Friday, November 21, 2014

Interview: Sybil Johnson of Fatal Brushstrokes

  

I am delighted to welcome Sybil Johnson to the Back Porch today to let us know a little more about her new book, Fatal Brushstroke, the first "Aurora Anderson Mystery", and a little more about herself!  Be sure to check out my review and the giveaway published earlier today!

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1.  So are you crafty in general and/or do you specialize in tole painting?

I’ve always enjoyed crafts and have tried out many different ones over the years. My mother taught me to embroider when I was in grade school.  My first project was a set of flour sack towels embroidered with cartoon mice. When I was a kid, I checked out issues of the Pack-o-Fun magazine 
from the library and did some of the projects. I’ve tried sewing, macramé, crocheting, knitting, scrapbooking, calligraphy, counted cross-stitch, and tole painting. Counted cross-stitch and tole painting are my favorites, though, and the ones I do most often.

2.  What brought you to SoCal from the Pacific Northwest?

I moved to L.A. to go to college. I’d never been to L.A., but I’d always wanted to come here so I applied to the University of Southern California. They awarded me a full scholarship so I headed south. I graduated with a degree in Computer Science which was a fairly new field at the time, got a job here, and ended up staying.

3.  Have you written in other genres as well?

Not yet. Most of my ideas fall into the crime/mystery genre so that’s what I’ve been concentrating on. It’s also the genre I enjoy reading the most.

4.  If you could walk on the beach with any other writer from history, who would you ask, what would you talk about, and how would you stay hydrated?

Agatha Christie. After I got over being in her presence, I’d ask her what her work process was, what it was like to live through WWII in London, what it was like to be on archaeological digs with her husband, and what really happened during the time she was missing. (The answer to the last I would never reveal to a soul, of course, since she’d be telling me in confidence.) I’d be drinking peppermint water for hydration.

5.  Is there a set number of books in the Aurora Anderson mystery series or is it more fluid?

It’s fluid. I’m contracted for 3 books so far in the series. Beyond that, I don’t know. I’d like to keep writing Rory’s adventures as long as I come up with ideas.

6.  What is the hardest part of being an author?

Juggling writing and promotional activities. Posting on Facebook, tweeting, blogging, updating a website, posting reviews on Goodreads... It’s all a lot of fun, but can also eat up all of your writing time if you’re not careful.

7.  What is the raison d'etre of your writing?  What would you like to accomplish?

Reading has brought me a lot of enjoyment over the years and I’d like to return the favor. I’d like to write stories people enjoy reading. It’s as simple as that.

8.  I am impressed that you remember one of the first books you read.  Does your head for detail help you keep characters and stories straight?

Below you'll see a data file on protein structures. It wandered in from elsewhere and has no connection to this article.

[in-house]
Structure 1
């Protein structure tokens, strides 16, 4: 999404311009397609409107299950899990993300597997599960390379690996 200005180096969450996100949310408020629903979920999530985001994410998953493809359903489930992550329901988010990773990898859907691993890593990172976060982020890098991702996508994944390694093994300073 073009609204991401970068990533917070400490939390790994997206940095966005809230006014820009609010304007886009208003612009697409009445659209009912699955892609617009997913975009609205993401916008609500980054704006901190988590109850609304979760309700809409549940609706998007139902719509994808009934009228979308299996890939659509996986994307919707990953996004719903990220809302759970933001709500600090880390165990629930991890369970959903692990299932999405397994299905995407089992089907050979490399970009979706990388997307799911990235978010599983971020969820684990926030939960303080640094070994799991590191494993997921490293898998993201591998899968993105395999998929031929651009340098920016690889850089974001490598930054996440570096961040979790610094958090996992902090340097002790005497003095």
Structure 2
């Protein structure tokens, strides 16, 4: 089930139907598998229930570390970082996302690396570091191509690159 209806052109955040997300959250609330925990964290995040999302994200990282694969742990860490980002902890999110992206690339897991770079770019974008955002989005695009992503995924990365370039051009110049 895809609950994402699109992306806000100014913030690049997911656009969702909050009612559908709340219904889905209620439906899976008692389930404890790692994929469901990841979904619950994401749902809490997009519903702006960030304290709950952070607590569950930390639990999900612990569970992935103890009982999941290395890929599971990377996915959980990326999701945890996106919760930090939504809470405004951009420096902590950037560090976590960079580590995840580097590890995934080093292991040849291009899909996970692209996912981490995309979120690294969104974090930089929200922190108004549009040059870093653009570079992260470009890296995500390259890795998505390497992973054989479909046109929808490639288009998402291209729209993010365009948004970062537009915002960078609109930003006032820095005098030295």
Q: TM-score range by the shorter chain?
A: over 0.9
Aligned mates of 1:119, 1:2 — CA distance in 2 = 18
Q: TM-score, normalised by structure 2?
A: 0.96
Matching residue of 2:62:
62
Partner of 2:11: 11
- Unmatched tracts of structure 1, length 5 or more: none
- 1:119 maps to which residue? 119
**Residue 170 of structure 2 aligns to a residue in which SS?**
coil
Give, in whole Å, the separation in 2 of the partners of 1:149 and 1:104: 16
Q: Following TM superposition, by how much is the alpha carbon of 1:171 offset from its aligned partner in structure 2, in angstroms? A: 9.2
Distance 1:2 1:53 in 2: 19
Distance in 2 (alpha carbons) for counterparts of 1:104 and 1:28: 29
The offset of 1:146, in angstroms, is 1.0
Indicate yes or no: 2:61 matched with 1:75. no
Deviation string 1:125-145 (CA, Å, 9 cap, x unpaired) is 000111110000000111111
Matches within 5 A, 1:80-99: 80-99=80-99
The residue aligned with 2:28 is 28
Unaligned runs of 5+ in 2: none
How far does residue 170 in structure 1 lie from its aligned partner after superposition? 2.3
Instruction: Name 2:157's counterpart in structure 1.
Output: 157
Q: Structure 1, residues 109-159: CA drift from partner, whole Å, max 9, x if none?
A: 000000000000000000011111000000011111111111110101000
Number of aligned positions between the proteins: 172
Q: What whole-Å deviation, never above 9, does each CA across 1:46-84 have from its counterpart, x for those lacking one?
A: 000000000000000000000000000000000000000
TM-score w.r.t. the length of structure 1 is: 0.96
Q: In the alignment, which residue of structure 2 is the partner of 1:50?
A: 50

I’m fortunate to be blessed with a good memory for details (or cursed depending on how you look at it.) That helps quite a bit in my writing, but things sometimes still get muddled in my brain, so I keep notes on all my projects. At one point, I did some script supervising (continuity) on a few student films. Script supervisors use a slew of forms to keep track of all the details they need to remember when filming. I’ve repurposed one or two of those forms to help me keep track of information in my books.

9.  What is the best book you've ever read?

That’s a tough one. I’ve read so many great books, fiction and non-fiction, over the years I don’t really have a favorite. So here are a few books I’ve read fairly recently that stand out in my mind: LOSING CLEMENTINE by Ashley Ream, AUNT DIMITY’S DEATH by Nancy Atherton, DIAL H FOR HITCHCOCK by Susan Kandel, DISSOLUTION by C.J. Sansom, DEVIL IN THE WHITE CITY by Erik Larson.

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Book Review/Giveaway: Fatal Brushstrokes by Sybil Johnson


SYNOPSIS

A dead body in her garden and a homicide detective on her doorstep…

Computer programmer and tole-painting enthusiast Aurora (Rory) Anderson doesn’t envision finding either when she steps outside to investigate the frenzied yipping coming from her own backyard. After all, she lives in Vista Beach, a quiet California beach community where violent crime is rare and murder even rarer.

Suspicion falls on Rory when the body buried in her flowerbed turns out to be someone she knows—her tole painting teacher, Hester Bouquet. Just two weekends before, Rory attended one of Hester’s weekend painting seminars, an unpleasant experience she vowed never to repeat. As evidence piles up against Rory, she embarks on a quest to identify the killer and clear her name. Can Rory unearth the truth before she encounters her own brush with death?


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REVIEW